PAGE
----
For core courses in the MLIS program (not MARA) — INFO 200, INFO 202, INFO 204 — the iSchool requires that students earn a B in the course. If the grade is less than B (B- or lower) after the first attempt you will be placed on administrative probation.  You must repeat the class the following semester. If -on the second attempt- you do not pass the class with a grade of B or better (not B- but B) you will be disqualified.
  • A represents Exceptional work; a grade of "A" will be assigned for outstanding work only.

Students are advised that it is their responsibility to maintain a 3.0 Grade Point Average (GPA).

University Policies

General Expectations, Rights and Responsibilities of the Student

As members of the academic community, students accept both the rights and responsibilities incumbent upon all members of the institution. Students are encouraged to familiarize themselves with SJSU's policies and practices pertaining to the procedures to follow if and when questions or concerns about a class arises. See University Policy S90-5 at More detailed information on a variety of related topics is available in the SJSU catalog at In general, it is recommended that students begin by seeking clarification or discussing concerns with their instructor. If such conversation is not possible, or if it does not serve to address the issue, it is recommended that the student contact the Department Chair as a next step.

Dropping and Adding

Students are responsible for understanding the policies and procedures about add/drop, grade forgiveness, etc. Refer to the current semester's Catalog Policies section at Add/drop deadlines can be found on the current academic year calendars document on the Academic Calendars webpage at The Late Drop Policy is available at Students should be aware of the current deadlines and penalties for dropping classes.

Information about the latest changes and news is available at the Advising Hub at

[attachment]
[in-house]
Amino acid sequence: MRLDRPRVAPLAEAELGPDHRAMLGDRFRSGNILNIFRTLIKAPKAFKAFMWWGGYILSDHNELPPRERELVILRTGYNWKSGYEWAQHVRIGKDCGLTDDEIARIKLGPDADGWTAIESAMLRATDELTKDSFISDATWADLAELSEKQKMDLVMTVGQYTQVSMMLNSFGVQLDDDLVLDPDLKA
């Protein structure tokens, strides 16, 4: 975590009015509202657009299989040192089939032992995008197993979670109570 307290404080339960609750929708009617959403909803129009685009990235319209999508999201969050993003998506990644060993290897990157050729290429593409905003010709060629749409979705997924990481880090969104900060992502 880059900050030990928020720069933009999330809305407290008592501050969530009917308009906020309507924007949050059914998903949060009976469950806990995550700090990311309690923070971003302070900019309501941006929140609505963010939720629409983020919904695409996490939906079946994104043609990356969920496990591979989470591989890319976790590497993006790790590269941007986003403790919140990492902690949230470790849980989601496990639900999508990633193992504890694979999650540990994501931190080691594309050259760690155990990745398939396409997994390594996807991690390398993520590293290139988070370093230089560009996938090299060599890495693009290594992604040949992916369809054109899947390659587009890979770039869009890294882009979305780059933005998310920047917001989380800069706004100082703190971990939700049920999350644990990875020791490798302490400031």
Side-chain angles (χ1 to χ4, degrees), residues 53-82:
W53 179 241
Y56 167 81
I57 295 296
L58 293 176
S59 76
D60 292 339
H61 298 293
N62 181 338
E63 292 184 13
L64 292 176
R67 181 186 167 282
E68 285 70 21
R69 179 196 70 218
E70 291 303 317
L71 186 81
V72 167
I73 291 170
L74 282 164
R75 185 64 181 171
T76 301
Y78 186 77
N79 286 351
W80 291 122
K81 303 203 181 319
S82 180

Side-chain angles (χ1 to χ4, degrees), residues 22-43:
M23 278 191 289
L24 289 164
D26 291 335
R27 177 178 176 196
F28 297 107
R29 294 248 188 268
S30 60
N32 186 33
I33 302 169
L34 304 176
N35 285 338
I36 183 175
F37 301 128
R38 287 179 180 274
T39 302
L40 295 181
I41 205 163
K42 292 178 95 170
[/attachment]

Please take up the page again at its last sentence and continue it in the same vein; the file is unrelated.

Consent for Recording of Class and Public Sharing of Instructor Material

University Policy S12-7,, requires students to obtain instructor's permission to record the course and the following items to be included in the syllabus:

  • "Common courtesy and professional behavior dictate that you notify someone when you are recording him/her. You must obtain the instructor's permission to make audio or video recordings in this class. Such permission allows the recordings to be used for your private, study purposes only. The recordings are the intellectual property of the instructor; you have not been given any rights to reproduce or distribute the material."
    • It is suggested that the syllabus include the instructor's process for granting permission, whether in writing or orally and whether for the whole semester or on a class by class basis.
    • In classes where active participation of students or guests may be on the recording, permission of those students or guests should be obtained as well.
  • "Course material developed by the instructor is the intellectual property of the instructor and cannot be shared publicly without his/her approval. You may not publicly share or upload instructor generated material for this course such as exam questions, lecture notes, or homework solutions without instructor consent."

Academic integrity

Your commitment, as a student, to learning is evidenced by your enrollment at San Jose State University. The University Academic Integrity Policy F15-7 at requires you to be honest in all your academic course work. Faculty members are required to report all infractions to the office of Student Conduct and Ethical Development. The Student Conduct and Ethical Development website is available at

Campus Policy in Compliance with the American Disabilities Act

If you need course adaptations or accommodations because of a disability, or if you need to make special arrangements in case the building must be evacuated, please make an appointment with me as soon as possible, or see me during office hours. Presidential Directive 97-03 at requires that students with disabilities requesting accommodations must register with the Accessible Education Center (AEC) at to establish a record of their disability.